“The lived experience of discrimination is incredibly damaging. It is an emotional burden, but it’s also something that can be tapped intergenerationally,” Sabin said. “Women were considered to be in the 1950s, for example, ‘hysterical’ — just that legacy of not believing women and women being looked at as weak.”
Having to be your own advocate is the hardest, Thomas said. And especially during a pandemic, it is nearly impossible to stay on top of your own appointments and procedures. Typically, Thomas sees a specialist once a month and a therapist once a week. This year, Thomas tried to get into a new primary care doctor. She called to schedule in February for an appointment, and the earliest opening was in July. For someone in her level of constant pain, the wait is excruciating, forcing her to take her care into her own hands, doing her own medical research and reaching out to countless experts for advice and help.
“I had so much medical documentation,” Thomas said. “I could have made my own library.”
Telehealth skyrocketed at the beginning of the pandemic. Between June 26 and Nov. 6, 2020, 30.2% of weekly health center visits occurred via telehealth, according to the Centers for Disease Control and Prevention. Telehealth has made it easier for those in rural areas or for people who have children at home to get appointments, and experts say it’s here to stay: 83% of patients expect to use virtual appointments after the pandemic.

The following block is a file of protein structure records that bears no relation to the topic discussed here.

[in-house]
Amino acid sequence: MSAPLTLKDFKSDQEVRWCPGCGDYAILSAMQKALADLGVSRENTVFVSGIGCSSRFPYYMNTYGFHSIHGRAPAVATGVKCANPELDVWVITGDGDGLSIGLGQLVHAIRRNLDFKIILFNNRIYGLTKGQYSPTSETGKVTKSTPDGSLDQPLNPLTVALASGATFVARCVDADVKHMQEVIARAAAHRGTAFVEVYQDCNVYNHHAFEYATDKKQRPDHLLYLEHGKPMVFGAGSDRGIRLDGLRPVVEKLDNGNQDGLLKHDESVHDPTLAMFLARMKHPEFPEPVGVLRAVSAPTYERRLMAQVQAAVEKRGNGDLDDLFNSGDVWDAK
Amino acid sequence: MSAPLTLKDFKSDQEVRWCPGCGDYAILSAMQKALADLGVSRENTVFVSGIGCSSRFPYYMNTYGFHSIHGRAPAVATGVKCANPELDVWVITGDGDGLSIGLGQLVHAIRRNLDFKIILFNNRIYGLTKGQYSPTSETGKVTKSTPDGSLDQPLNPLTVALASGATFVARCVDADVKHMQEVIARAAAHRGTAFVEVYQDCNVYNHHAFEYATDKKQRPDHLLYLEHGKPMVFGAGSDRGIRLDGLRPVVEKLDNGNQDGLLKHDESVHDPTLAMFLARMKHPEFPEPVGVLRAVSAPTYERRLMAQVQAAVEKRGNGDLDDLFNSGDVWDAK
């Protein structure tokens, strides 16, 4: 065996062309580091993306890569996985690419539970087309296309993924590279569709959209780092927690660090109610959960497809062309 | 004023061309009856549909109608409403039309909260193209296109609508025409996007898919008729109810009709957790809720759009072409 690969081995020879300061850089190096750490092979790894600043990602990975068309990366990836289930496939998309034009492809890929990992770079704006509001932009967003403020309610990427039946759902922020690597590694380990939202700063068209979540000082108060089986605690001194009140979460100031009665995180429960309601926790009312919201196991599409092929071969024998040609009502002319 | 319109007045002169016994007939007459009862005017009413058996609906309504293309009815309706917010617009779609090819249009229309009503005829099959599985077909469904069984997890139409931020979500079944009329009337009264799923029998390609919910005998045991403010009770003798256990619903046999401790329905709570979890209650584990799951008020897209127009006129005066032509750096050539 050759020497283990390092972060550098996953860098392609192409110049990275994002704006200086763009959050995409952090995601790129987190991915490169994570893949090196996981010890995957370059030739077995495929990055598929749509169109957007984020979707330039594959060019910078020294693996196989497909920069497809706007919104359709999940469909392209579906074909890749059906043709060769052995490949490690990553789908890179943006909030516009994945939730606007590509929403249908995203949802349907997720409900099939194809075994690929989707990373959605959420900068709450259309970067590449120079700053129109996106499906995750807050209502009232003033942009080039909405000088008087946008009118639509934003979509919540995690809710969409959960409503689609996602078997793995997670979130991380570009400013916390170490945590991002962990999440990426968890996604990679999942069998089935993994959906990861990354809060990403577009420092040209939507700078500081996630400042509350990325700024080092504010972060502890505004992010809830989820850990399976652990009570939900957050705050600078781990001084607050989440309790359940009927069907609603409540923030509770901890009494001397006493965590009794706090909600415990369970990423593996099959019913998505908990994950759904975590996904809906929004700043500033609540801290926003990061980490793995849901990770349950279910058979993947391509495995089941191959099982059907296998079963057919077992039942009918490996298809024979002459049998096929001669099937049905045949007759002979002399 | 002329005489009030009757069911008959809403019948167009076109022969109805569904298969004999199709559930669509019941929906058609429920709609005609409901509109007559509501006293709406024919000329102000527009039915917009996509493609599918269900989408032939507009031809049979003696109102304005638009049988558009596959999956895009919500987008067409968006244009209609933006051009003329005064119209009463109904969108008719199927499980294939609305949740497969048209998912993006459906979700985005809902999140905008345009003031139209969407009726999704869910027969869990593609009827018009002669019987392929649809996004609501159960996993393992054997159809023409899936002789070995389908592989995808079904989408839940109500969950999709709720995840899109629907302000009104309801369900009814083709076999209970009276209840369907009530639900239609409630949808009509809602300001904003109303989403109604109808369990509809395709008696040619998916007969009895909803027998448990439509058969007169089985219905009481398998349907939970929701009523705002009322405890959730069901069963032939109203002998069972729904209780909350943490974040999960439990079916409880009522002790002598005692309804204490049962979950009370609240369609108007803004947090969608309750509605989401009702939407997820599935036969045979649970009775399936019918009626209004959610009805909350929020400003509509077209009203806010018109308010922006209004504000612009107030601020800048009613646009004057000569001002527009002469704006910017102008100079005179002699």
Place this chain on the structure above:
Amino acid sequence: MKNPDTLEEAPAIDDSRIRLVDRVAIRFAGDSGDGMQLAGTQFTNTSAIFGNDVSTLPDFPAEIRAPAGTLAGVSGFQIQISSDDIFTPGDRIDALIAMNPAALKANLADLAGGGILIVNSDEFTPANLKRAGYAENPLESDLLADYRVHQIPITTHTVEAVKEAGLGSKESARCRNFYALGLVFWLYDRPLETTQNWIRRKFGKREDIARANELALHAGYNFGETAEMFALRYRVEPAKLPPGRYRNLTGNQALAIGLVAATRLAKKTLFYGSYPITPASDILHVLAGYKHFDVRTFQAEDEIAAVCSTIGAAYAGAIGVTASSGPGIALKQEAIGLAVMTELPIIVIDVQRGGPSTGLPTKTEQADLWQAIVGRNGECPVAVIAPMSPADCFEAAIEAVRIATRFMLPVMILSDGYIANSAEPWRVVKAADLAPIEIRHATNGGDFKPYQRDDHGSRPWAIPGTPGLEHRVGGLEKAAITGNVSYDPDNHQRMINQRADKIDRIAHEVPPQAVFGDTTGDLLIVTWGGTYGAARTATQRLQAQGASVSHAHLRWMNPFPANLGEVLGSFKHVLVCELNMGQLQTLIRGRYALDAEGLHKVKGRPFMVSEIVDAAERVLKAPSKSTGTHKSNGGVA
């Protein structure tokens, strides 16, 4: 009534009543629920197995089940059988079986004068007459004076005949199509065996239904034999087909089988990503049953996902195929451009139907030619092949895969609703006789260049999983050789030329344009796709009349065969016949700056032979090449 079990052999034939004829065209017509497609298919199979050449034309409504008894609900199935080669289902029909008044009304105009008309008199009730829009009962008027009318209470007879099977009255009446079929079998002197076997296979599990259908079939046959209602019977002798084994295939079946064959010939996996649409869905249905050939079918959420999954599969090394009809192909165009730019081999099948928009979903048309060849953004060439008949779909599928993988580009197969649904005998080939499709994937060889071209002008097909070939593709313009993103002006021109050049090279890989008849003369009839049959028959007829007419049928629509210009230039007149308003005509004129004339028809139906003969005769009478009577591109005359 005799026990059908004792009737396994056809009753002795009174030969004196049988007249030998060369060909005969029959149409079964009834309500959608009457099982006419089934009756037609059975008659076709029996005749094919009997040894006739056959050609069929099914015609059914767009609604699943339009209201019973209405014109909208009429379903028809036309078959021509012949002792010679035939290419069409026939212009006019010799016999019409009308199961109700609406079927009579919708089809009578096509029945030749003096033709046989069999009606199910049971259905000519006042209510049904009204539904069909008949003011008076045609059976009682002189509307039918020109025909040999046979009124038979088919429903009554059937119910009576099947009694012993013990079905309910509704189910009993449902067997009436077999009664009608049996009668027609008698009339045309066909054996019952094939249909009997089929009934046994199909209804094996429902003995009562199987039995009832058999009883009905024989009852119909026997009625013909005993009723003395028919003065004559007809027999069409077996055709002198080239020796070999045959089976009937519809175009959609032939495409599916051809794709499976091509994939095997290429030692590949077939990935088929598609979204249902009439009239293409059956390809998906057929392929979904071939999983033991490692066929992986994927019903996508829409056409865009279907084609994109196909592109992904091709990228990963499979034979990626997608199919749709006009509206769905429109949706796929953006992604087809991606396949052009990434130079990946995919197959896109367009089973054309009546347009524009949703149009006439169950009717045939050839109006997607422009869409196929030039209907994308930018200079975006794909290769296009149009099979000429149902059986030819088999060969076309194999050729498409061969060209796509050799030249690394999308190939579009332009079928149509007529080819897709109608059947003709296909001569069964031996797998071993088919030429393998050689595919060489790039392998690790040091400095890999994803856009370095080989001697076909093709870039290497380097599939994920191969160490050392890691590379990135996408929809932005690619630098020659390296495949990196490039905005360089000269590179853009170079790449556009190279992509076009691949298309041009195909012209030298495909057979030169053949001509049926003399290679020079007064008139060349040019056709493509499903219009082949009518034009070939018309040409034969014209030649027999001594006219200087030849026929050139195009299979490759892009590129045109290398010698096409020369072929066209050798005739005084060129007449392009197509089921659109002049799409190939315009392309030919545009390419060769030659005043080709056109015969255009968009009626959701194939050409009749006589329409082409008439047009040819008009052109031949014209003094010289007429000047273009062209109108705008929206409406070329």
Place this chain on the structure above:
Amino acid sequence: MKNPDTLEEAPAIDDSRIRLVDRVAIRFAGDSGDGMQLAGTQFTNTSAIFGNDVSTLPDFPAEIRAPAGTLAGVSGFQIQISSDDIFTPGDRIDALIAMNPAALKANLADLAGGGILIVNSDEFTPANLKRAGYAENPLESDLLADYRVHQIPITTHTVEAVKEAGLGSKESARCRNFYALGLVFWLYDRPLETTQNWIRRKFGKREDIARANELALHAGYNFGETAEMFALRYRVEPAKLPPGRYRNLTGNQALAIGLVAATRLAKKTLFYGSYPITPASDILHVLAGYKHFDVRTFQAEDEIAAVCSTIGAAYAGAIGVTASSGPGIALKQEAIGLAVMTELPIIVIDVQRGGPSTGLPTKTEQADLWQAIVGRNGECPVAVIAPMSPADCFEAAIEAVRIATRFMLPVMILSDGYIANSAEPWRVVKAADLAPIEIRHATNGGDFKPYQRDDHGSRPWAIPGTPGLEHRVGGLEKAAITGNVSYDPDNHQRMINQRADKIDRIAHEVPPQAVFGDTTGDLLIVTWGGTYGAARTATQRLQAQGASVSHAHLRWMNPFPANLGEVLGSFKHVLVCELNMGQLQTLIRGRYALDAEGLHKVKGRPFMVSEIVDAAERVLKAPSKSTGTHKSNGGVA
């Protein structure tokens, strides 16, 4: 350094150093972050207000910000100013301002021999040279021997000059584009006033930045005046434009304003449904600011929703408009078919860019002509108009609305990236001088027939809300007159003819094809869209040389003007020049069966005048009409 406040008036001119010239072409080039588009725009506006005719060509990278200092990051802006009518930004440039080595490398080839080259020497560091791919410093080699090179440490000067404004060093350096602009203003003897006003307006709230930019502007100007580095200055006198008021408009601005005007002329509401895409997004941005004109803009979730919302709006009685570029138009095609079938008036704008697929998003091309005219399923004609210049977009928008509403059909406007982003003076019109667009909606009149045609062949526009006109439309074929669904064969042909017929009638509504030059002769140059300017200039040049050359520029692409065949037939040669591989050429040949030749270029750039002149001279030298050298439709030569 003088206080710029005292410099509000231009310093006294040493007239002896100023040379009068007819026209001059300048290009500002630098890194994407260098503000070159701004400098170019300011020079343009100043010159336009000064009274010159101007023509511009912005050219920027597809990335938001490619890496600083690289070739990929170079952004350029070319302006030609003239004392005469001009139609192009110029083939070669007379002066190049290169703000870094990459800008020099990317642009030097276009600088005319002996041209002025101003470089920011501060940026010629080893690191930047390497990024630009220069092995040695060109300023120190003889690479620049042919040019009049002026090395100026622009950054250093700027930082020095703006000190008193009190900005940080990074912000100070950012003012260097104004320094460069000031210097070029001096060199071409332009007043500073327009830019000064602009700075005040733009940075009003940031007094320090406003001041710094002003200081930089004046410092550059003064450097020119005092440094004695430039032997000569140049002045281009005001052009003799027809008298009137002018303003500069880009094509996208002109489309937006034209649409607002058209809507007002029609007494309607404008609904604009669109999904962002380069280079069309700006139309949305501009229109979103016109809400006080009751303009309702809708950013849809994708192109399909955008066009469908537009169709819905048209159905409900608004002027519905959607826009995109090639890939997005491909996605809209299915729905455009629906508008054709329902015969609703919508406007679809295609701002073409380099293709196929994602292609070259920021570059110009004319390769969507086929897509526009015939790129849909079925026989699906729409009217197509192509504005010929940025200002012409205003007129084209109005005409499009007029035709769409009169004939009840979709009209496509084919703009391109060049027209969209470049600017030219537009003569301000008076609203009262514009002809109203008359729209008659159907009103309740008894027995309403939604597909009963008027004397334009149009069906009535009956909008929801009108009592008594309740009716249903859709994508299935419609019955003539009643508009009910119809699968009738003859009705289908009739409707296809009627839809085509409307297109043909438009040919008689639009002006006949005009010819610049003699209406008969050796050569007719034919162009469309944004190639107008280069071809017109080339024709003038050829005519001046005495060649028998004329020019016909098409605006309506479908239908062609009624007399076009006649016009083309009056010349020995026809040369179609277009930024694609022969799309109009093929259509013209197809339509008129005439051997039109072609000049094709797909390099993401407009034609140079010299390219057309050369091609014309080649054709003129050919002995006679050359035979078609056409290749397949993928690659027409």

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On the flip side, it is more difficult for those like Thomas to feel completely understood. Vulnerable pain patients can be seen as seeking unneeded drugs when they simply need any remedy to get them out of bed, said Shoshana Aronowitz, a researcher of racial disparities in pain medications and the opioid crisis at the University of Pennsylvania. In the pandemic, the limited access to pain doctors affects those most marginalized, specifically women, people of color and LGBTQ people who may have previously experienced discrimination in treatment.
“We’ve gotten into the situation where people, especially Black Americans, have less access to pain care, and then also have less access to substance use disorder treatment. If people don’t have access to other types of treatment, that’s not OK,” Aronowitz said.